Drones for Emergency Services: SAR, Fire, Police, Ambulance

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As quadcopters became widely adopted for use in aerial photography, it wasn’t long before drones for emergency services were tested and deployed.

At first, self-assembly low-fi versions began to appear on the hobby/enthusiast market, tending to excite great interest and public annoyance in equal measure. Today, we find that the UK’s emergency services have become aware of the inherent potential of UAS deployment. It seems these fixed-wing and multi-rotor machines may soon play a significant role in future emergency management – one major incentive being that saving time generally saves lives too.

Enhanced Emergency Intelligence and Response 

For police services, UAS surveillance and reconnaissance is perhaps a natural development of the role already undertaken by police helicopters. So rather than summoning remote aerial assistance, police teams can launch and control their own local UAS support for intelligence applications related to crowd control, missing persons, monitoring fleeing vehicles, and similar. 

Likewise, fire services use UAS aerial monitoring of larger-scale fires to locate the heart of the blaze, check for survivors or victims, remain in line-of-sight contact with fire-rescue teams, and quickly survey fire damage once a fire had been tackled.

In the event of persistent hazardous conditions such as prevail in the aftermath of a gas explosion, or the collapse of a large building, aerial cameras and/or thermal imaging are a quick and safe means of finding victims without risking further lives, and also establishing the nature and extent of the emergency – and thus the level of response required. 

With emergencies involving remote or inhospitable terrain, UAS support is invaluable for services such as our coastguards or mountain search-and-rescue teams. Again technologies such as remote cameras and thermal imaging would help to rapidly search and pinpoint the location of victims in cliff rescues, those trapped by incoming tides, or rescues at sea where victims may be unconscious or in the water.

Similarly, large areas of moorland and other potentially threatening landscapes could be efficiently searched at speed to find outdoor adventurers lost or stranded and in need of assistance. 

Ambulance services and other medical-response teams benefit from UAS capabilities when faced with major disasters where victims are not easily visible, in terrain where access is restricted, or when dealing with air crashes and similar incidents where the victims may well be spread across a wide area.

Missing Persons

When a person goes missing, time is of the essence. Search and rescue teams must move quickly to find the individual before it’s too late. Drones are increasingly being used in these situations, as they can cover a large area quickly and provide an aerial perspective of the search area. In some cases, drones are equipped with thermal cameras that can detect body heat, making them especially useful for finding missing persons in wooded or mountainous areas.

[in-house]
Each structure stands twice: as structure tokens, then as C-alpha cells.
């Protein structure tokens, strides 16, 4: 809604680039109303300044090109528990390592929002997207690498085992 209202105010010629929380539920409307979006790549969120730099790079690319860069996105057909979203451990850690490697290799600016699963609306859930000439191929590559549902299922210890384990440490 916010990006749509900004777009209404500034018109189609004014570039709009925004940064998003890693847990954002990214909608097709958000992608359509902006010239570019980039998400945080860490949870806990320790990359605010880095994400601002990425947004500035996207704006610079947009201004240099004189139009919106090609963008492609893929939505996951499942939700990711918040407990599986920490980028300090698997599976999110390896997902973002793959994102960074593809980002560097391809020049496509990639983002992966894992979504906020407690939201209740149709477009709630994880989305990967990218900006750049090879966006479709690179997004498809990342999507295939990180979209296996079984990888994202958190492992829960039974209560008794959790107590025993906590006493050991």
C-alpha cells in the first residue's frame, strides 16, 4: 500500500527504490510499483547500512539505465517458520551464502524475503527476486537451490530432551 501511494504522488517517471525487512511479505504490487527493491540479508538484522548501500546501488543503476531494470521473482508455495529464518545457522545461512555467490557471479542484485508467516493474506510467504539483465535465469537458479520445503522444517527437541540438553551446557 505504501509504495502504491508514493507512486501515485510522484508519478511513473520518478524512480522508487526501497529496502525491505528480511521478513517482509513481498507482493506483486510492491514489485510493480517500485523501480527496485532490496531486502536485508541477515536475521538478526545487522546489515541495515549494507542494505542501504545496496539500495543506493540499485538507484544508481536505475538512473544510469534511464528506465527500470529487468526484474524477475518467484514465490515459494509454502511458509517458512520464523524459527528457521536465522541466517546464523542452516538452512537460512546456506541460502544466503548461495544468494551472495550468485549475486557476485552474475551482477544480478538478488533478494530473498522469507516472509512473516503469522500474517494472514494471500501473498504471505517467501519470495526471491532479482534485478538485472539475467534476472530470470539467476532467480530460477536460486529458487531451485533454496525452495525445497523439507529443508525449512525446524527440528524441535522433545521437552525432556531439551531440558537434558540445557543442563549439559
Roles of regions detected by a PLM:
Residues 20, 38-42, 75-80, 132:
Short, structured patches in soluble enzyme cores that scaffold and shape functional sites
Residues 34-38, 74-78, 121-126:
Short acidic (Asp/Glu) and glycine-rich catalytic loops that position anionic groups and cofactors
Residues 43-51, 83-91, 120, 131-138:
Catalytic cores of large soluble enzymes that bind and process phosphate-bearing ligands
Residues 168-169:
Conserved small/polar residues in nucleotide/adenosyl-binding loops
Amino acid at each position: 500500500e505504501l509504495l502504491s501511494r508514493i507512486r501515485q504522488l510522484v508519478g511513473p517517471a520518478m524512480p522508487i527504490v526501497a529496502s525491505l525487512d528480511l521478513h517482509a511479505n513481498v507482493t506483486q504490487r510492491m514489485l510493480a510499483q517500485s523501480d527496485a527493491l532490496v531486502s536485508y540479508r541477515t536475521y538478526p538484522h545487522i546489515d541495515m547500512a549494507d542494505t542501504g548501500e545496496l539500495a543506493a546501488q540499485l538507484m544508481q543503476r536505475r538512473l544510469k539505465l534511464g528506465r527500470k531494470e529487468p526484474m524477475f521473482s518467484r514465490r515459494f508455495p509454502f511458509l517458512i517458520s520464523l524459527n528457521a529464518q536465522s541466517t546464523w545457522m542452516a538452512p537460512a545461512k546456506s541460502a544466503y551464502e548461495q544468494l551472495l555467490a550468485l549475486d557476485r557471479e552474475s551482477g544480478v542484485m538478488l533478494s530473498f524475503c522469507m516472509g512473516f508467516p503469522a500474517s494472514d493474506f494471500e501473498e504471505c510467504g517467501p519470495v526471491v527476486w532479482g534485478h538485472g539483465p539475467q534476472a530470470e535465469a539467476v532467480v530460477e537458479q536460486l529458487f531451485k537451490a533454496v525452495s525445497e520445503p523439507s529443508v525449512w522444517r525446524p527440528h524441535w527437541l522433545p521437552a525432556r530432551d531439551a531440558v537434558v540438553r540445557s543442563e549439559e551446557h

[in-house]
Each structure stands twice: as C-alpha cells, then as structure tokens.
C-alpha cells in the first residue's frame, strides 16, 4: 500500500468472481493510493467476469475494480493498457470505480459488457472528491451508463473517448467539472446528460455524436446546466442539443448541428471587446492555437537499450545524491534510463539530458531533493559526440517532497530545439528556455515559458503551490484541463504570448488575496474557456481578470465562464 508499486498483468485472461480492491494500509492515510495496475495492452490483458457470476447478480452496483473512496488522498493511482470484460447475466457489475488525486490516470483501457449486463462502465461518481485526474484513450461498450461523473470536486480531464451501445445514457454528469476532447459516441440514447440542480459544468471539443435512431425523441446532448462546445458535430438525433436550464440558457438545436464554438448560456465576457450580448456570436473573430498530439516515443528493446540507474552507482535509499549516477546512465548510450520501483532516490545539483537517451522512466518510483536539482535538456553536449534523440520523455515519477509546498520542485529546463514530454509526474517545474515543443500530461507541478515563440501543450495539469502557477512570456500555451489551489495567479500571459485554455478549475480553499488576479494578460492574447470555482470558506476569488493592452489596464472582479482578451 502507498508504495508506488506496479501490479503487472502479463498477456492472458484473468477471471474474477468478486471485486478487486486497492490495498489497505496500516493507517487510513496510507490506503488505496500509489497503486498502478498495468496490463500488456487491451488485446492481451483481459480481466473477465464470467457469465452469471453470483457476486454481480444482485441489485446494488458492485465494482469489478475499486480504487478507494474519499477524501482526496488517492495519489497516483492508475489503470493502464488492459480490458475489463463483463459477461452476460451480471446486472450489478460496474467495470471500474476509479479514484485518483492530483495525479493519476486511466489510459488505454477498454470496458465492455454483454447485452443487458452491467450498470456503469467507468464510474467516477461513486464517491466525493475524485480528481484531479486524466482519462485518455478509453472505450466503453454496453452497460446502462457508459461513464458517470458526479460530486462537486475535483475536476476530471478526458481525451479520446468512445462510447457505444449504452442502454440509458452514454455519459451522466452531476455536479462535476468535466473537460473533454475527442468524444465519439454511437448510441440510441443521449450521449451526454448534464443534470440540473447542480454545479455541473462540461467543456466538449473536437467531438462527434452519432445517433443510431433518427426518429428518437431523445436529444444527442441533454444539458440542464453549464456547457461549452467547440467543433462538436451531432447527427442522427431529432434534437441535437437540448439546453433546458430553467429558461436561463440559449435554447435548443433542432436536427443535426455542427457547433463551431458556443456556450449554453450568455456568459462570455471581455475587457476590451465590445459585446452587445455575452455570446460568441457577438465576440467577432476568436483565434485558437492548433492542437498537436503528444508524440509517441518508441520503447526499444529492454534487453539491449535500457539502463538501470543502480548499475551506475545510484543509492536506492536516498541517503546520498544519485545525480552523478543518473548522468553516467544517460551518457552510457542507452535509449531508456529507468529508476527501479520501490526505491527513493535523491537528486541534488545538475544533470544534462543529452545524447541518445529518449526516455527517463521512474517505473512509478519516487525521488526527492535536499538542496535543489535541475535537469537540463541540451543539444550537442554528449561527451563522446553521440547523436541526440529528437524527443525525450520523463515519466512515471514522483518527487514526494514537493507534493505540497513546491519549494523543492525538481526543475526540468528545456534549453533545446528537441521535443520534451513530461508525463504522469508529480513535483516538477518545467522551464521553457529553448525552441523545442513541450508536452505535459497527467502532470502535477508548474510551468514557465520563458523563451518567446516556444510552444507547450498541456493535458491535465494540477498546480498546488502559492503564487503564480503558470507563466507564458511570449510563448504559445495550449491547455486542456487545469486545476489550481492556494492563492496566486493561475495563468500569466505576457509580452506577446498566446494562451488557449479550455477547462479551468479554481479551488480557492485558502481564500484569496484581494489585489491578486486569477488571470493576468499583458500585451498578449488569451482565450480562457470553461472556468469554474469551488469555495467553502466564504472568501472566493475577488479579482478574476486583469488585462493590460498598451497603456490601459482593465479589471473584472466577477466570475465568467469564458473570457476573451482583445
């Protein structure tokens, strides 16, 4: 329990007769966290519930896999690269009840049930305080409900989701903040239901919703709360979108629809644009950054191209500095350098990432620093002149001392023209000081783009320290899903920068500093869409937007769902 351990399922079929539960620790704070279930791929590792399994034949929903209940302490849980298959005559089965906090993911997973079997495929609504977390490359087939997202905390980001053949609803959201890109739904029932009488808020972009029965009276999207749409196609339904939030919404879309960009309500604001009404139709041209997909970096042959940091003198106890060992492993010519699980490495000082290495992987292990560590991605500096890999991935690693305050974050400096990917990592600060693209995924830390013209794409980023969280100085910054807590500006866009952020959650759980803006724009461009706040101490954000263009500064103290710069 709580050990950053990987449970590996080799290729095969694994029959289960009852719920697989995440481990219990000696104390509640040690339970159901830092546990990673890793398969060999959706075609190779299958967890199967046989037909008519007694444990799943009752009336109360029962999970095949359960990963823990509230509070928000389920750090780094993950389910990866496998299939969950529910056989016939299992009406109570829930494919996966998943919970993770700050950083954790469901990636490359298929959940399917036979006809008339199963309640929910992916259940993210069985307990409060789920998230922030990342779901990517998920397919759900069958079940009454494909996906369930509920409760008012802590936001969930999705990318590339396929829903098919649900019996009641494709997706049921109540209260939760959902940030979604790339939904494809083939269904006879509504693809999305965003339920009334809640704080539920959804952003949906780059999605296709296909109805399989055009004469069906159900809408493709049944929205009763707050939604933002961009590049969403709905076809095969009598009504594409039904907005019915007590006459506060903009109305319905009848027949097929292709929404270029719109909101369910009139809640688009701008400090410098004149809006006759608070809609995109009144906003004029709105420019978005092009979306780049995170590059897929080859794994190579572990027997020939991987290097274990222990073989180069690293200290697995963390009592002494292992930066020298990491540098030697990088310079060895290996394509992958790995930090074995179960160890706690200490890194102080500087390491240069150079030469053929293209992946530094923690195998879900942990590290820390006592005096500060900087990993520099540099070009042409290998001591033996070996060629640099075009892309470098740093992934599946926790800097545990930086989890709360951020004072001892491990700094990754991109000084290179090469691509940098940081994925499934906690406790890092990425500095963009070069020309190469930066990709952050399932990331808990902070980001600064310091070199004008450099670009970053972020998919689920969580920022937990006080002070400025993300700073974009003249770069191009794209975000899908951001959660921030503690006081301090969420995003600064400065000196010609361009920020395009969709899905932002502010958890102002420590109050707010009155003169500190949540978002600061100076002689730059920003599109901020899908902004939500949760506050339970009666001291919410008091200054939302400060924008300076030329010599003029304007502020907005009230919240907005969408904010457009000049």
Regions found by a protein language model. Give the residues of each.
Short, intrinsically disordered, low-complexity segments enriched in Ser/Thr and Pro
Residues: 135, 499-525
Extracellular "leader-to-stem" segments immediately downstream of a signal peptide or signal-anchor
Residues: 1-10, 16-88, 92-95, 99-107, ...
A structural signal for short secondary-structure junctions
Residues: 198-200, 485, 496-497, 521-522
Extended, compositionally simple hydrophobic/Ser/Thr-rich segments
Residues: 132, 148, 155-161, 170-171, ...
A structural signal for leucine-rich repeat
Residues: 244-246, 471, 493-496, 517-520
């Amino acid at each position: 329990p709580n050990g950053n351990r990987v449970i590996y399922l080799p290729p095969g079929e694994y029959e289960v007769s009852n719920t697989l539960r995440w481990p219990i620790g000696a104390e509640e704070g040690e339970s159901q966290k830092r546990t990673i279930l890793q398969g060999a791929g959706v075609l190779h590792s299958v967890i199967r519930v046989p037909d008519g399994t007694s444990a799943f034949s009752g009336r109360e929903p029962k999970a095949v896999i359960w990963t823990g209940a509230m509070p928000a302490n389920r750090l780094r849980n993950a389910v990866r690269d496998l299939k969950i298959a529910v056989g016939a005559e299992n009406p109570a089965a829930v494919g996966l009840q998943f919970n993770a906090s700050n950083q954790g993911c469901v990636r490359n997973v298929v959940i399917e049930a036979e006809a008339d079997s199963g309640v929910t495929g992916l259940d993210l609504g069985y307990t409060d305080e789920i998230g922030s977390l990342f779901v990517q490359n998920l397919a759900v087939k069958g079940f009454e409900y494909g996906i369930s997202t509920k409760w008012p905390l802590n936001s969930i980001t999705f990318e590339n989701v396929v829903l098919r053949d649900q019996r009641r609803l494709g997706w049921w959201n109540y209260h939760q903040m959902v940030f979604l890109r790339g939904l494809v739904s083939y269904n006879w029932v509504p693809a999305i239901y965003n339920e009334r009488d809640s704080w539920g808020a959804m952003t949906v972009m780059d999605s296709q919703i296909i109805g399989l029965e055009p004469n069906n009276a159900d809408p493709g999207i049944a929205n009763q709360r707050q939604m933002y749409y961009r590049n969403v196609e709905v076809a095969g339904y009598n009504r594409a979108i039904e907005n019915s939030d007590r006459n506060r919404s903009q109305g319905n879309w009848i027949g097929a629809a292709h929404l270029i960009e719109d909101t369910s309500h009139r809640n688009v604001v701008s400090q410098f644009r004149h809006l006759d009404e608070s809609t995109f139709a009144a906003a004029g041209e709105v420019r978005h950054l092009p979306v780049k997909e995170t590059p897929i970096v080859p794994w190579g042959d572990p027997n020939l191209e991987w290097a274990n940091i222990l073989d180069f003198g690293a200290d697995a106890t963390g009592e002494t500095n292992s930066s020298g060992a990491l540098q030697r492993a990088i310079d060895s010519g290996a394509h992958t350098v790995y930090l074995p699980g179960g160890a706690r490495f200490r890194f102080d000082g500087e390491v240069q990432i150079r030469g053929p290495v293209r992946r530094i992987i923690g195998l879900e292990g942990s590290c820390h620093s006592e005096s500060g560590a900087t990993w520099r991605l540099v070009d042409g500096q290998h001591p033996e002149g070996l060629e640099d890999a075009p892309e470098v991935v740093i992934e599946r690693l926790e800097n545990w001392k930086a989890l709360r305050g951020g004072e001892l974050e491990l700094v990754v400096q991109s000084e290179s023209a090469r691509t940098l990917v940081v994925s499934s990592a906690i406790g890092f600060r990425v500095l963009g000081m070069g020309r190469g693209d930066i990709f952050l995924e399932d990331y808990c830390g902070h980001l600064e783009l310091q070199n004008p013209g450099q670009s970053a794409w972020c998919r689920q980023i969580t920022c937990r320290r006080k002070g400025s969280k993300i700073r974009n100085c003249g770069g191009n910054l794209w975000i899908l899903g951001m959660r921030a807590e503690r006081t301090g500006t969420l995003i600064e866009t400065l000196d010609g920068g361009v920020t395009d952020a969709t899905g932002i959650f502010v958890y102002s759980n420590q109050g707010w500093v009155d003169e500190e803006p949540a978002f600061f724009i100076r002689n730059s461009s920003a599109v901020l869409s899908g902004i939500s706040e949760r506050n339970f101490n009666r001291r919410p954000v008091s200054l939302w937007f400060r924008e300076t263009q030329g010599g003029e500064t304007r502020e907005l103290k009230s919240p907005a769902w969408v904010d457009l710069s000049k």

Search and rescue teams are also using drones to deliver supplies to remote locations, such as when hikers become stranded on a trail. By utilising these small but powerful machines, search and rescue teams can locate missing persons more quickly and efficiently – potentially saving lives in the process.

Early Examples of Drone Use

As emergency services worldwide began to commission or deploy a range of UAS support teams it soon become apparent that the investment was justified.

  • Canadian Police successfully located and rescued an unconscious driver using an infrared camera mounted on a UAV (unmanned aerial vehicle);
  • Both Germany and Holland deployed ‘ambulance drones’ capable of rapidly deploying a life-saving defibrillator for those suffering heart attacks in wilderness locations;
  • A US-developed UAV delivered urgent medical supplies in third-world countries;
  • A UAV development, known as ‘InstantEye’, delivered a mobile phone to trapped victims thus enabling them to communicate with rescuers.

Disaster Management 

UAS capability continues to expand at a rapid pace, and new sensory equipment can now assess levels of chemical contamination, recognise the sound of gunfire, and even detect and measure radiation hazards.

UAVs of the future have become powerful disaster-management tools used, for example, to overfly and map disaster zones to inform decisions about which locations are most in need of support, and also to configure the best routes through the zone which emergency-response vehicles should follow to avoid major obstructions.

Drones can cover a large area quickly, and they can be equipped with thermal cameras to find people who might be trapped under debris. In addition, drones can be used to deliver emergency medical supplies. In many cases, a drone is a difference between life and death.

As disaster management teams continue to develop new ways to use drones, it is clear that they will play an increasingly important role in saving lives.

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